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School’s About to Start! 3 Tips for Parents of Middle Schoolers That Address Their Child’s Executive Function Needs

With the start of school soon approaching, executive function (EF) skills are crucial to help support your middle schooler’s success. EF skills such as social/emotional needs, organization, planning, setting priorities and time management, and communication/flexibility are vital. Focus on EF skills needed for a successful transition for middle school instead of pointing out all of the summer behaviors that will change with the start of school (i.e., staying up late playing videos games, oversleeping and missing the bus v. scheduling a reasonable amount of sleep and being at the bus stop on time).

Tip #1: Addressing Your Child’s Social/Emotional Needs - Accentuate the positive aspect of the start of school—Examples of talk starters

·      Seeing old friends and getting to know new ones.

·      Having more personal control over what they do (walking from class to class on your own or with a friend instead of in a line with your class.)

·      Having the personal control of choosing the route to your next class

·      Being able to explore new interests with classes in foreign languages, technology, design, etc.

·      Having more teachers to engage with during the day rather than just a few.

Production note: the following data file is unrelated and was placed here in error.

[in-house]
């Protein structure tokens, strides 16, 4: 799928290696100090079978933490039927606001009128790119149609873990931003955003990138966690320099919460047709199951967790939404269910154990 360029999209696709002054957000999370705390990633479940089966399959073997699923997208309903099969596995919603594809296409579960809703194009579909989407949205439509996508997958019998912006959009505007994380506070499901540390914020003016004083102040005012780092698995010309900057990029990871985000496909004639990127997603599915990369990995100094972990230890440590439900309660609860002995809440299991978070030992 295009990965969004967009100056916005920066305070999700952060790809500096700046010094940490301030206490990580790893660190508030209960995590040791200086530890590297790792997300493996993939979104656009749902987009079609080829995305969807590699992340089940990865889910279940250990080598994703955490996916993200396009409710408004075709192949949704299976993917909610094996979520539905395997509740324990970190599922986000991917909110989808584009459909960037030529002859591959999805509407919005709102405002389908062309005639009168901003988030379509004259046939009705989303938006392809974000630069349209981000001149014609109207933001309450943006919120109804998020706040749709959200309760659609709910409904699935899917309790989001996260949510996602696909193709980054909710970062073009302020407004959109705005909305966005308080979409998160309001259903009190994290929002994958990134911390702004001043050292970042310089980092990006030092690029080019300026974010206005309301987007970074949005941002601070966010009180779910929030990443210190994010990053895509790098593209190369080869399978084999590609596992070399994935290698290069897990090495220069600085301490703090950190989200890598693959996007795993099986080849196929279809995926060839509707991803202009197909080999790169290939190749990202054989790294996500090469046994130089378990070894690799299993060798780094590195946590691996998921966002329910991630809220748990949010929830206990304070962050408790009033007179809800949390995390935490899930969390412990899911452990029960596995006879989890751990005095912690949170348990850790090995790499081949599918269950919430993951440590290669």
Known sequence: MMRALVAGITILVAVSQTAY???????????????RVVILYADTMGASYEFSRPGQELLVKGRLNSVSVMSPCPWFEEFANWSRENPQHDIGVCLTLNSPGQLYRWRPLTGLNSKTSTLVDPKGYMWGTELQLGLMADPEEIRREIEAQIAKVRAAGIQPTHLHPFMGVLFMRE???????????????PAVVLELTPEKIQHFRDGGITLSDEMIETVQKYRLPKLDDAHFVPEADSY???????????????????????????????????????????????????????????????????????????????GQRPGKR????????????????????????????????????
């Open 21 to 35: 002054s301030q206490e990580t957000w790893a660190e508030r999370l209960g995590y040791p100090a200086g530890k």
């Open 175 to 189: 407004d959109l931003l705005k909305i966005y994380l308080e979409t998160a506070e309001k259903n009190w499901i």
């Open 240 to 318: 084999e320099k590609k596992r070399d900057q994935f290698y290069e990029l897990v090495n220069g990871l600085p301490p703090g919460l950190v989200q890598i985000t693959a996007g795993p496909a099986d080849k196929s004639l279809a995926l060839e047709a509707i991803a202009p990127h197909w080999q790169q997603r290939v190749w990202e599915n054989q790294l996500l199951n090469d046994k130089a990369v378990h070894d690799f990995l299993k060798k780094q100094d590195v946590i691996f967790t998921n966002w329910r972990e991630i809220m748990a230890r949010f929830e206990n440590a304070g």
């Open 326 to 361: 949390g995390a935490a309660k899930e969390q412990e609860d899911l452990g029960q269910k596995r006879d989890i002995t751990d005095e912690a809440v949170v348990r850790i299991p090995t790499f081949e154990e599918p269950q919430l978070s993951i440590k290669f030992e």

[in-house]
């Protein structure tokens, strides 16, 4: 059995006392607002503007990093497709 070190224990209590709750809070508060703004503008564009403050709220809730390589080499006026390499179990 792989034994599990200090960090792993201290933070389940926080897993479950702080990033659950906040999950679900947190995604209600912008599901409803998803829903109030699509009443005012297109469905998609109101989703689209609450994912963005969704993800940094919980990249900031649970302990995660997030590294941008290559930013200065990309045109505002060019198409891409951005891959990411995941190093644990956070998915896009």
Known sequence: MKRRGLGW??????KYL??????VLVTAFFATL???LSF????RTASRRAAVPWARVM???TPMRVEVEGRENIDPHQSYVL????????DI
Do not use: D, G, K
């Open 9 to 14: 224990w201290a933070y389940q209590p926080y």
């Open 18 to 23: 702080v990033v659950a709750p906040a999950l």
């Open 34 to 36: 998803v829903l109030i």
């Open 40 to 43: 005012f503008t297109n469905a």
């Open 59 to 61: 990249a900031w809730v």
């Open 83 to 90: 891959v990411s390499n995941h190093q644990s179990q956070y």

·      Choosing clubs and activities to choose from.


Tip #2: Addressing Your Child’s Organization, Planning, Setting Priorities and Time Management Needs - Talk about scheduling in a problem-solving manner—Examples of talk starters

·      Let’s think about how much sleep you need and what time you should go to bed.

·      Let’s think about how much time it takes you to get ready for school and eat breakfast.

·      Let’s look at the time you need in order to get to school or the bus on time, and you can help determine what time you should awaken to be ready to leave the house.  (Approach it as a trial to see how it works. knowing it may have to be tweaked.  Practice the wake up time gradually the week before school starts).

·      Let’s look at your after school responsibilities and work out where you need to be and how you will get there.  (Flexibility is important because practices, games, meetings, etc. are often rescheduled for various reasons).

·      Let’s schedule in some time for the things you like to do for fun.

·      What about homework this year?  There may be opportunities to begin or even finish written or computational homework in school, but let’s make a plan for when you will complete the rest and study. 

Tip #3: Addressing Your Child’s Communication/Flexibility Needs - Talk about how your role as parent will change and determine before and after school procedures - Examples of talk starters

·    What is my role in awakening you? —reminding you to set your cell phone alarm, my calling you once, etc.

·    What about what you are wearing? Do I need to do anything?

·    Should I make you breakfast or will you take care of it yourself?

·    Are you taking a lunch or buying? If you are taking, who is packing and when?

·    How will you remember to gather items for practice, meetings, etc. and bring them to school?

·    Do you have a check list or reminders? Does your checklist meet your needs for that day?

·    What are your after school considerations –Will you text or call to check in?  If staying afterschool, how will you get home?

·    What are your responsibilities such as care of pets, younger siblings, etc.?

·    What is your plan for change in case activities are cancelled, the school day is shortened, etc. How will you communicate this?


Content provided by Strosnider & Sharpe, www.instituteonexecutivefunctioning.com, authors of the EF Guidebook, Corwin, 2019.